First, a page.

The government is also directly interfering with our own "right to hear" -- our right to make our own decisions about which services we choose to use, and our freedom to learn what those services have to say, without courts and bureaucrats forcing their own parochial views down our throats.
The concept of governments trying to plug up our ears is at least as abominable and unacceptable as their trying to cover our mouths.
Tommy Smothers was right all along.
In the classic Warner Bros. Road Runner cartoons, the stubborn but often quite technically sophisticated Wile E. Coyote (Carnivorous Vulgaris) not only persistently failed to capture his avian prey (Accelleratii Incredibus) but more often than not ended up crushed, mangled, or otherwise seriously injured as his own technologies boomeranged against him during his ultimately hopeless pursuits of the Road Runner.
The forlorn look on Wile's face as he hovered momentarily beyond the edge of a cliff, just before his long and painful plunge to the canyon floor far below, might be worth keeping in mind when we consider the real world's headlong rush into the theory, industries, and practice of "cyberwar" and its associated tradecrafts.
To be sure, we can certainly stipulate that genuine computer-related risks to businesses, infrastructure, and other aspects of our increasingly interconnected societies do actually exist.
Yet it is also clear that the business of "cyber-scaremongering" has become enormous indeed, with billions of dollars, euros, and other currencies riding on convincing politicians that computer hacking is somehow equivalent in scale to global thermonuclear war.
In fact, the degree of purposeful exaggeration being invoked toward this cause, along with rigged demos specifically designed to confuse lay (that is, essentially non-technical) observers, are awe-inspiring in their sheer audacity.
This should not be unexpected though. Cyberwar (and its close relative "cyberterrorism") have become major profit centers for private industry, a means to expand Pentagon and other government spending during a time of calls for reduced conventional weapons outlays, and also the currency of ongoing struggles for power between various agencies.
As part and parcel of this new regime, we're now seeing explicit recruiting calls not only for large number of defensive cyberwar operatives, but especially now for offensive cyber-attack experts and trainees, presumably toward creating the next Stuxnet, Flame, or other cyberattack vectors aimed at adversaries' (presumably ever more hardened) facilities and systems.
But defending computer-based operations -- while no walk in the park to be sure -- does not functionally require the same magnitude of resources as building aircraft carriers, training vast military forces, and churning out millions of tons of munitions.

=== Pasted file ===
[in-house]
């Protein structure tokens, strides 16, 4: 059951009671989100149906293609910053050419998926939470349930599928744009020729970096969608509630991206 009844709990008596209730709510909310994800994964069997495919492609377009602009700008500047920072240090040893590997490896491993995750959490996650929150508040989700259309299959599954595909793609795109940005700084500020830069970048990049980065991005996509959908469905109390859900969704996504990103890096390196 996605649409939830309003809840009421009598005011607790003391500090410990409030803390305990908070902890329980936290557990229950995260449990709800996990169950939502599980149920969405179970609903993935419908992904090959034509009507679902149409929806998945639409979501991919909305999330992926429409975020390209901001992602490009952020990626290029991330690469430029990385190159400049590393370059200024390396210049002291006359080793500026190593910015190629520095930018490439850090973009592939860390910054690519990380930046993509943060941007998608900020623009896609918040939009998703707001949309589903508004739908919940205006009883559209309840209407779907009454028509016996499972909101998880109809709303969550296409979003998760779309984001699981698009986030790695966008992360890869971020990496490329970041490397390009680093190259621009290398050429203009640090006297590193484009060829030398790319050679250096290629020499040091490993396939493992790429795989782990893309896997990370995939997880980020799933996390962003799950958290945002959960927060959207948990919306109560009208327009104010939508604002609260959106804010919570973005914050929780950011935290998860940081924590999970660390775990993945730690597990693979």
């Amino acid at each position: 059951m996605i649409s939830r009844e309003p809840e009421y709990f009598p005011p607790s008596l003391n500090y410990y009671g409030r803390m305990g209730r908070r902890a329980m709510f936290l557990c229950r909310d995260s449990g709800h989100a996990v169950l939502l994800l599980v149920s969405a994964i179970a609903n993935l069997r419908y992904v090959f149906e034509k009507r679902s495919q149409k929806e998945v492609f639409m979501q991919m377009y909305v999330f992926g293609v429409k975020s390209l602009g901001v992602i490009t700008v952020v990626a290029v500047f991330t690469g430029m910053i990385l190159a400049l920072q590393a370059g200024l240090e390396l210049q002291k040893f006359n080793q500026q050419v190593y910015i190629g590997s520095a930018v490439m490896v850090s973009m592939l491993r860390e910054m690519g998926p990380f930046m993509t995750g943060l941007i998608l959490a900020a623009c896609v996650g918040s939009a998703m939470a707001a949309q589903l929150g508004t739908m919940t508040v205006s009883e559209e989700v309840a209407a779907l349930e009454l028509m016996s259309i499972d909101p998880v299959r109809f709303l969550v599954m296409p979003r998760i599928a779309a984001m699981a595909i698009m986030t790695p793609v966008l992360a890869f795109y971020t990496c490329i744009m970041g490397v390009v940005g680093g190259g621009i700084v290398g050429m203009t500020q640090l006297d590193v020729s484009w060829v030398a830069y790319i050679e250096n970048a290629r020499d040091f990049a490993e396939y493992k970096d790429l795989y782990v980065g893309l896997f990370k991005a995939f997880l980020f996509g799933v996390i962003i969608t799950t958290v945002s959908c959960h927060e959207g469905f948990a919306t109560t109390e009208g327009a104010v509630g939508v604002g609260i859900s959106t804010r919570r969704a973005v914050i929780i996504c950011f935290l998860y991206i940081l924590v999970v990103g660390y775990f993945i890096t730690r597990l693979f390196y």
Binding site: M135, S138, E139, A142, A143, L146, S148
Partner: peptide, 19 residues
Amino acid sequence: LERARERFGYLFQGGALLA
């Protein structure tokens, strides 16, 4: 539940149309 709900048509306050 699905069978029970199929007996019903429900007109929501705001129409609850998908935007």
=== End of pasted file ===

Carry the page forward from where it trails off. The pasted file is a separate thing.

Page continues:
Over time, it is likely to become ever more difficult to penetrate these cyber-systems, with the "easy pickings" increasingly relegated to the history books.
But the consequences of our vast cyberwar mobilizations could still be enormous, and perhaps not in the ways that our leaders had intended.
It seems unlikely in the extreme that any government would endorse the distribution of "do-it-yourself atomic bomb kits." (Step 317: Always wash your hands thoroughly with warm, soapy water after handling fissile material.)
So it is perhaps with a sense of somewhat sardonic bemusement that we can view the rise of skilled government-supported cyberattack warriors, whose talents we should not expect to be forever directed at their governments' designated targets.
These skills are particularly potent since they by and large do not need a great deal of infrastructural support to deploy, and may be easily transferred between persons and groups, or between operational specialties -- for example, the transition from cyberattacks to evasive communications.
The vast, fundamental flexibility of the Internet, with the opportunities for even unaffiliated individuals to assert significant asymmetric power through various means of obfuscation, cannot be overestimated.
This is especially important given the dramatic increases in government attempts to throttle, limit, and otherwise control Internet communications.
In the U.S., legislation such as SOPA and PIPA would have censored Web sites for the benefit of private industry. Takedowns of domain names without true due process, via government manipulation of the antiquated Domain Name System (DNS) have become all too common. Around the world, Internet speech is more and more controlled, videos are blocked, and search engines are subjected to censorship demands for essentially political reasons.
In Europe, the ham-fisted "right to be forgotten" threatens huge potential damage to freedom of information from search engines and other sources, with stupendous abuse potential.
And as if all that and more weren't enough, we now see the encroaching specter of the United Nation's ITU -- clearly feeling empowered by national governments' increasing anger at ICANN's continuing "off the rails" shenanigans -- threatening to bring a whole new dimension of nightmares to the Internet, with a likely effect of ensconcing via international treaties many of the worst of these governments' abuses against the Net.